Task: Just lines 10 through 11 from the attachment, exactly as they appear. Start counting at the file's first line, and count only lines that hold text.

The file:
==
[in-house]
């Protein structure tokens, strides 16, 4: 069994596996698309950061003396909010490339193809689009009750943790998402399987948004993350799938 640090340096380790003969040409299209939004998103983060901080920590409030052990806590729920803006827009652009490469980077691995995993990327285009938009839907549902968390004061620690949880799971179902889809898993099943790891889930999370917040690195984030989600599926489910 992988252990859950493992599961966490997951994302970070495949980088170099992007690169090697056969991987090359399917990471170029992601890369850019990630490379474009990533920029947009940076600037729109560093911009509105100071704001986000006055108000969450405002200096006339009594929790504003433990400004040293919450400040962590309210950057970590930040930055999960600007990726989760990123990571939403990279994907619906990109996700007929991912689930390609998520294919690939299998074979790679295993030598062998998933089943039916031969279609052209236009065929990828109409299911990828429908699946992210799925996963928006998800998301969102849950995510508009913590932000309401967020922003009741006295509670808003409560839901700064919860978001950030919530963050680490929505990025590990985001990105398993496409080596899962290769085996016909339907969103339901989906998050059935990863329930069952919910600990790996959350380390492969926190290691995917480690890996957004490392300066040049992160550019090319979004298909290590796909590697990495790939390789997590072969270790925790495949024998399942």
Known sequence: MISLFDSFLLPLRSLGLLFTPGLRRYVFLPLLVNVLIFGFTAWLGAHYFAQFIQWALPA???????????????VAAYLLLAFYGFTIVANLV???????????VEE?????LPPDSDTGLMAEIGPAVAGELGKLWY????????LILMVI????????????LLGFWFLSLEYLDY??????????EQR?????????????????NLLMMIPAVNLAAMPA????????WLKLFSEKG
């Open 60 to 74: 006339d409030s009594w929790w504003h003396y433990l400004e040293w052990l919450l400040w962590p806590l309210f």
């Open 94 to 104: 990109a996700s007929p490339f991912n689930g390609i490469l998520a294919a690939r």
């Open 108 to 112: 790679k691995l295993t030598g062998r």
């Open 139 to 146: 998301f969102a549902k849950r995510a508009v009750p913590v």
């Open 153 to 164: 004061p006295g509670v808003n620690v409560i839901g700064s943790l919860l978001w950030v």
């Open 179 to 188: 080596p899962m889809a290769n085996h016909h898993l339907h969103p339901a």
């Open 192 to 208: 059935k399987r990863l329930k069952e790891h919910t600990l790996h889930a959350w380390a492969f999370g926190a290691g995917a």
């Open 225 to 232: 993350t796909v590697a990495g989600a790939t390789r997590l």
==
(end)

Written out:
């Open 192 to 208: 059935k399987r990863l329930k069952e790891h919910t600990l790996h889930a959350w380390a492969f999370g926190a290691g995917a």
């Open 225 to 232: 993350t796909v590697a990495g989600a790939t390789r997590l």